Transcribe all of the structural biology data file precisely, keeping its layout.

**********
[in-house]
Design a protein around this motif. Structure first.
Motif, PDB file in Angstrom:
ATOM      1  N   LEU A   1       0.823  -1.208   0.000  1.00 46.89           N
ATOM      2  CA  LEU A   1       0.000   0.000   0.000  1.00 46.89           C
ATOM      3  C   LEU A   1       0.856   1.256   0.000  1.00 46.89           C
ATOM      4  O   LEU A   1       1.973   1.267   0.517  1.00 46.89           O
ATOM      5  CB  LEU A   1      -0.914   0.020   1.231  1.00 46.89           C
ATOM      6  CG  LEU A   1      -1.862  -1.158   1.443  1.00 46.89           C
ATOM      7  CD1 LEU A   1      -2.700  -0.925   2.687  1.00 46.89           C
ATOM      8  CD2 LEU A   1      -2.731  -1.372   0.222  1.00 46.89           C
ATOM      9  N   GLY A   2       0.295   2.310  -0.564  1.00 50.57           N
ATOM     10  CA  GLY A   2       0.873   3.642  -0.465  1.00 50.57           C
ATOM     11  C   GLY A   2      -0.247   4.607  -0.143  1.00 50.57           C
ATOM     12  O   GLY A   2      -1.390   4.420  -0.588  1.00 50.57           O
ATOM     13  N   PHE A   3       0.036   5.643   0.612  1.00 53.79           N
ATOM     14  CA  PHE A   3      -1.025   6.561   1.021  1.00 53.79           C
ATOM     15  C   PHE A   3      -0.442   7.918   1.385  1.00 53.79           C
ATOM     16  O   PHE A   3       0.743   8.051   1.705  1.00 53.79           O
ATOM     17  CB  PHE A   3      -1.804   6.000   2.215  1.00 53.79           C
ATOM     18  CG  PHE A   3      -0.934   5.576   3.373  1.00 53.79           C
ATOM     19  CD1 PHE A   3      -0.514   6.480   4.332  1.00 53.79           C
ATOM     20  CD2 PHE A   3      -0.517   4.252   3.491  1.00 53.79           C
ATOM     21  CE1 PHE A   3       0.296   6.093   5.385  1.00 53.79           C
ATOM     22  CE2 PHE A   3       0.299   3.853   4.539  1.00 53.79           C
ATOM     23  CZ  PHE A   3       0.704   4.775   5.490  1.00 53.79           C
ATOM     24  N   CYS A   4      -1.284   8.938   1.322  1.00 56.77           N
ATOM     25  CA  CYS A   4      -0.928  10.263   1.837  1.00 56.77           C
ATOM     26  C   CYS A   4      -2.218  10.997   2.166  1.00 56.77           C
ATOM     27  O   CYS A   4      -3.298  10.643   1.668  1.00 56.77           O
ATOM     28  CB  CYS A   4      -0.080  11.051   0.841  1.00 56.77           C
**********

[in-house]
Design a protein around this motif. Structure first.
Motif, PDB file in Angstrom:
ATOM      1  N   LEU A   1       0.823  -1.208   0.000  1.00 46.89           N
ATOM      2  CA  LEU A   1       0.000   0.000   0.000  1.00 46.89           C
ATOM      3  C   LEU A   1       0.856   1.256   0.000  1.00 46.89           C
ATOM      4  O   LEU A   1       1.973   1.267   0.517  1.00 46.89           O
ATOM      5  CB  LEU A   1      -0.914   0.020   1.231  1.00 46.89           C
ATOM      6  CG  LEU A   1      -1.862  -1.158   1.443  1.00 46.89           C
ATOM      7  CD1 LEU A   1      -2.700  -0.925   2.687  1.00 46.89           C
ATOM      8  CD2 LEU A   1      -2.731  -1.372   0.222  1.00 46.89           C
ATOM      9  N   GLY A   2       0.295   2.310  -0.564  1.00 50.57           N
ATOM     10  CA  GLY A   2       0.873   3.642  -0.465  1.00 50.57           C
ATOM     11  C   GLY A   2      -0.247   4.607  -0.143  1.00 50.57           C
ATOM     12  O   GLY A   2      -1.390   4.420  -0.588  1.00 50.57           O
ATOM     13  N   PHE A   3       0.036   5.643   0.612  1.00 53.79           N
ATOM     14  CA  PHE A   3      -1.025   6.561   1.021  1.00 53.79           C
ATOM     15  C   PHE A   3      -0.442   7.918   1.385  1.00 53.79           C
ATOM     16  O   PHE A   3       0.743   8.051   1.705  1.00 53.79           O
ATOM     17  CB  PHE A   3      -1.804   6.000   2.215  1.00 53.79           C
ATOM     18  CG  PHE A   3      -0.934   5.576   3.373  1.00 53.79           C
ATOM     19  CD1 PHE A   3      -0.514   6.480   4.332  1.00 53.79           C
ATOM     20  CD2 PHE A   3      -0.517   4.252   3.491  1.00 53.79           C
ATOM     21  CE1 PHE A   3       0.296   6.093   5.385  1.00 53.79           C
ATOM     22  CE2 PHE A   3       0.299   3.853   4.539  1.00 53.79           C
ATOM     23  CZ  PHE A   3       0.704   4.775   5.490  1.00 53.79           C
ATOM     24  N   CYS A   4      -1.284   8.938   1.322  1.00 56.77           N
ATOM     25  CA  CYS A   4      -0.928  10.263   1.837  1.00 56.77           C
ATOM     26  C   CYS A   4      -2.218  10.997   2.166  1.00 56.77           C
ATOM     27  O   CYS A   4      -3.298  10.643   1.668  1.00 56.77           O
ATOM     28  CB  CYS A   4      -0.080  11.051   0.841  1.00 56.77           C